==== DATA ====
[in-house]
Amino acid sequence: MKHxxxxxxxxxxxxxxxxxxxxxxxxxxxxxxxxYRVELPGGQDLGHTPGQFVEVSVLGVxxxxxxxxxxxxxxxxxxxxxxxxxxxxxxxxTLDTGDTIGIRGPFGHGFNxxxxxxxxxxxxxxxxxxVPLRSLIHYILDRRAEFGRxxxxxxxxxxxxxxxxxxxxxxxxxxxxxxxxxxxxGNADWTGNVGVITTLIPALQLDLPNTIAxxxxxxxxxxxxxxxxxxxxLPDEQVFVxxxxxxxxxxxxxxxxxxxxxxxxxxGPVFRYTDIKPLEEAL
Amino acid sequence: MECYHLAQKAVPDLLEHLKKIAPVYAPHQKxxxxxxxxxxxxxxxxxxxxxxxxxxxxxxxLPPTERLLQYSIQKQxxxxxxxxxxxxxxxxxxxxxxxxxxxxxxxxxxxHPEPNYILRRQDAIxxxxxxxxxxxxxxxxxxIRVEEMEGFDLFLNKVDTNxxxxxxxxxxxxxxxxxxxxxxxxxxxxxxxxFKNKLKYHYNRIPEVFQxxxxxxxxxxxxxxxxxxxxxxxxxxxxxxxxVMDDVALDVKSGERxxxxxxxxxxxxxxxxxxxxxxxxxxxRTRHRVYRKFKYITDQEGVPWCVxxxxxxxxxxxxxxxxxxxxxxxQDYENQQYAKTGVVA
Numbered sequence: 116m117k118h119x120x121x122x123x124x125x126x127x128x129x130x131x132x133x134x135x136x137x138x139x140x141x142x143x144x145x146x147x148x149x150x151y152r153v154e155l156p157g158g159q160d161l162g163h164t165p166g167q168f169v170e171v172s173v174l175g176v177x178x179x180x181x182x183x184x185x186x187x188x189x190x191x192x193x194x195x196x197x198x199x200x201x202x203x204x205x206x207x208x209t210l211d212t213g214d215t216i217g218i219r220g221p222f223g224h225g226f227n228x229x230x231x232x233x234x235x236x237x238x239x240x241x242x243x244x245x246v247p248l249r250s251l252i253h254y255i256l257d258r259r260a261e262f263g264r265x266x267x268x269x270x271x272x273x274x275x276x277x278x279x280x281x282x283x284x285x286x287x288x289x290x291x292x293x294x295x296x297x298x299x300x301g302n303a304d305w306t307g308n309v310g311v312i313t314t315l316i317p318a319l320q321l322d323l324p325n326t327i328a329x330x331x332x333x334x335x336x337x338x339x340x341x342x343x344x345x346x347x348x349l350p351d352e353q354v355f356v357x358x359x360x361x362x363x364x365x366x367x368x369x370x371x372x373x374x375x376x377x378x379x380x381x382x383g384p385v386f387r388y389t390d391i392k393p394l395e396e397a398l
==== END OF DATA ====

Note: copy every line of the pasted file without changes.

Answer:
[in-house]
Amino acid sequence: MKHxxxxxxxxxxxxxxxxxxxxxxxxxxxxxxxxYRVELPGGQDLGHTPGQFVEVSVLGVxxxxxxxxxxxxxxxxxxxxxxxxxxxxxxxxTLDTGDTIGIRGPFGHGFNxxxxxxxxxxxxxxxxxxVPLRSLIHYILDRRAEFGRxxxxxxxxxxxxxxxxxxxxxxxxxxxxxxxxxxxxGNADWTGNVGVITTLIPALQLDLPNTIAxxxxxxxxxxxxxxxxxxxxLPDEQVFVxxxxxxxxxxxxxxxxxxxxxxxxxxGPVFRYTDIKPLEEAL
Amino acid sequence: MECYHLAQKAVPDLLEHLKKIAPVYAPHQKxxxxxxxxxxxxxxxxxxxxxxxxxxxxxxxLPPTERLLQYSIQKQxxxxxxxxxxxxxxxxxxxxxxxxxxxxxxxxxxxHPEPNYILRRQDAIxxxxxxxxxxxxxxxxxxIRVEEMEGFDLFLNKVDTNxxxxxxxxxxxxxxxxxxxxxxxxxxxxxxxxFKNKLKYHYNRIPEVFQxxxxxxxxxxxxxxxxxxxxxxxxxxxxxxxxVMDDVALDVKSGERxxxxxxxxxxxxxxxxxxxxxxxxxxxRTRHRVYRKFKYITDQEGVPWCVxxxxxxxxxxxxxxxxxxxxxxxQDYENQQYAKTGVVA
Numbered sequence: 116m117k118h119x120x121x122x123x124x125x126x127x128x129x130x131x132x133x134x135x136x137x138x139x140x141x142x143x144x145x146x147x148x149x150x151y152r153v154e155l156p157g158g159q160d161l162g163h164t165p166g167q168f169v170e171v172s173v174l175g176v177x178x179x180x181x182x183x184x185x186x187x188x189x190x191x192x193x194x195x196x197x198x199x200x201x202x203x204x205x206x207x208x209t210l211d212t213g214d215t216i217g218i219r220g221p222f223g224h225g226f227n228x229x230x231x232x233x234x235x236x237x238x239x240x241x242x243x244x245x246v247p248l249r250s251l252i253h254y255i256l257d258r259r260a261e262f263g264r265x266x267x268x269x270x271x272x273x274x275x276x277x278x279x280x281x282x283x284x285x286x287x288x289x290x291x292x293x294x295x296x297x298x299x300x301g302n303a304d305w306t307g308n309v310g311v312i313t314t315l316i317p318a319l320q321l322d323l324p325n326t327i328a329x330x331x332x333x334x335x336x337x338x339x340x341x342x343x344x345x346x347x348x349l350p351d352e353q354v355f356v357x358x359x360x361x362x363x364x365x366x367x368x369x370x371x372x373x374x375x376x377x378x379x380x381x382x383g384p385v386f387r388y389t390d391i392k393p394l395e396e397a398l